FEATURE: The Growing Problem of IMO 2020 VLSFO Bunkers With Marginally Off-Spec Sulfur

by Jack Jordan, Managing Editor, Ship & Bunker
Wednesday January 22, 2020

One of the main problems shipping has had with the new 0.50% sulfur bunker fuels so far this year has been arguments over the one characteristic of them that everyone's supposed to agree about: their sulfur content.

0.50% does not always mean 0.50%.

Standard commercial terms taking the ISO 8217 specifications as their guide allow for a 95% confidence limit on the sulfur content -- meaning in practice, any fuel tested after purchase by the buyer at up to 0.53% should still be commercially acceptable.

Any subsequent claim by the buyer arguing that the fuel was off-specification would have little chance of succeeding.

But the International Maritime Organization's Marpol Annex VI regulations take 0.50% as a firm limit, with anything tested even marginally above that level being non-compliant.

With the cases that fall in that crack between 0.50% and 0.53%, there's potential for trouble for buyers. And there seem to be a lot of these cases emerging.

At an industry event at the end of last year, Bjarke Staal, director of credit, claims and legal at bunker trader BMS United, said his company had heard of 30-40 cases of these disputes in the market over the past month.

"If you get something tested at 0.51, 0.52%, it is still legally covered under the contract," Staal told Ship & Bunker Tuesday, adding that "the reproducibility of the confidence level is a physical fact."

Staal pointed out that within a cargo of 0.50% sulfur fuel, any single test could potentially reveal sulfur content anywhere between 0.47% and 0.53%, so if the product is based on normal standards then the confidence level may be applicable.

The 95% confidence limit exists because bunker fuel is not truly homogeneous in nature. If a sample is tested and a parameter is indicated to be above the limit but within the 95% confidence limit, it is accepted that repeated random sampling of that fuel would show it to be within specification the vast majority of times.

"We're seeing a lot of clients coming in and asking for 0.47% now because they want to avoid this problem," Staal said.

A large bunker buyer in Northwest Europe and the Mediterranean said they usually would submit a claim when they discover fuel to be off-specification, but there have been cases when they have taken product that they found to be marginally over 0.50% and accepted it without making a claim.

According to Unni Einemo, director of the International Bunker Industry Association (Ibia), buyers still have a legal recourse if they can demonstrate their supplier had tested the fuel's sulfur content at over 0.50%.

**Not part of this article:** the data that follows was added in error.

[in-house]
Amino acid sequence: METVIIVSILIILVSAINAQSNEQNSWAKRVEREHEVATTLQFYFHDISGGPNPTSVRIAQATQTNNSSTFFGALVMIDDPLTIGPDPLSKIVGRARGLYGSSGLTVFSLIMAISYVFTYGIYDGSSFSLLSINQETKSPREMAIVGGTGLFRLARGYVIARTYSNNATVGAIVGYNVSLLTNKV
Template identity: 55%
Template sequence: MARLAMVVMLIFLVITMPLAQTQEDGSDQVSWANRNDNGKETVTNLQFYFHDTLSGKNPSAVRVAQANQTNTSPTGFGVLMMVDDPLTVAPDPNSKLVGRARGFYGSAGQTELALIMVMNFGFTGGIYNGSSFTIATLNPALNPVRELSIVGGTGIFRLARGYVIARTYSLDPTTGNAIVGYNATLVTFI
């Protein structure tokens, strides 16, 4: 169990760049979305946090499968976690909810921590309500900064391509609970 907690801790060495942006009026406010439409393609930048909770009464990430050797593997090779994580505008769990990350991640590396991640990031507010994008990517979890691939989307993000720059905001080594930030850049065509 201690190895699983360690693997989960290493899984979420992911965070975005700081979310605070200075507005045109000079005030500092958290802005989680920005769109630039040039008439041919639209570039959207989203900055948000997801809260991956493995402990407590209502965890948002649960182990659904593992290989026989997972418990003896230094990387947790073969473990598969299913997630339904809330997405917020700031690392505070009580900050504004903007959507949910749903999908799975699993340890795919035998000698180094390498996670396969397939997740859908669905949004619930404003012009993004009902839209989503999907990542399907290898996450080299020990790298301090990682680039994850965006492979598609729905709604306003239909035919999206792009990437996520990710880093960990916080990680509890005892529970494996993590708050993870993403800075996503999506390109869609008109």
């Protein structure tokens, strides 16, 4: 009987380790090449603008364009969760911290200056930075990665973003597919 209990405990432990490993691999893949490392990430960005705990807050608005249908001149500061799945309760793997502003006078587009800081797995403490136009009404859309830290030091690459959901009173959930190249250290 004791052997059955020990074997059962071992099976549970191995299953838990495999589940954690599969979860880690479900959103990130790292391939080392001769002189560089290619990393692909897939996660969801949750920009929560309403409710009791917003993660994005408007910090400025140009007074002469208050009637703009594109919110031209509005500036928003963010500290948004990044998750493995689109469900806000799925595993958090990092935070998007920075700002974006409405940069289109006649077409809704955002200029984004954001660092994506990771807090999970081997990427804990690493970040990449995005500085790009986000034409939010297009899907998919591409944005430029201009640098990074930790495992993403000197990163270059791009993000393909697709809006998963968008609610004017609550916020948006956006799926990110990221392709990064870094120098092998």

"If the ship's test result is above that threshold ... the buyer has legitimate reason to raise a claim," Einemo wrote in an article on Ibia's website in December.

"There is a dispute resolution procedure described in ISO 4259 which is most commonly simplified to say that the supplier's retained sample should be tested.

"Unless that sample meets the limit, with no confidence margin added, the supplier cannot claim to have met the limit.

"Regardless of the commercial reality, if the ship ends up being penalised for breaching the sulphur limit and it is proven that the root cause is because the fuel, as delivered, was non-compliant, the supplier will face liability for that."

PSC Response

The main problem lies with how port state control authorities (PSCs) interpret the law, and how aggressive they decide to be in enforcing it.

Some may be inclined to be lenient in these cases -- after all, there's unlikely to be any significant financial advantage in buying a 0.53% sulfur VLSFO, and so any cases like this are likely to be a result of mistakes rather than deliberate non-compliance.

But it's also possible that some authorities will be keen to appear vigilant right from the start of the new sulfur limit this year, and will go after even marginal infractions aggressively as a statement of intent to the shipping industry.

"Generally PSCs should be more forgiving in the early stages of the 0.5% limit, but it's not advisable to rely on that," Steve Simms, Principal at Simms Showers LLP, told Ship & Bunker this week.

"It's also of course up to the PSC as to whether to require debunkering, or to impose a fine, or both."

The type of punishment the PSCs choose is key to how disruptive these cases can be for shipowners.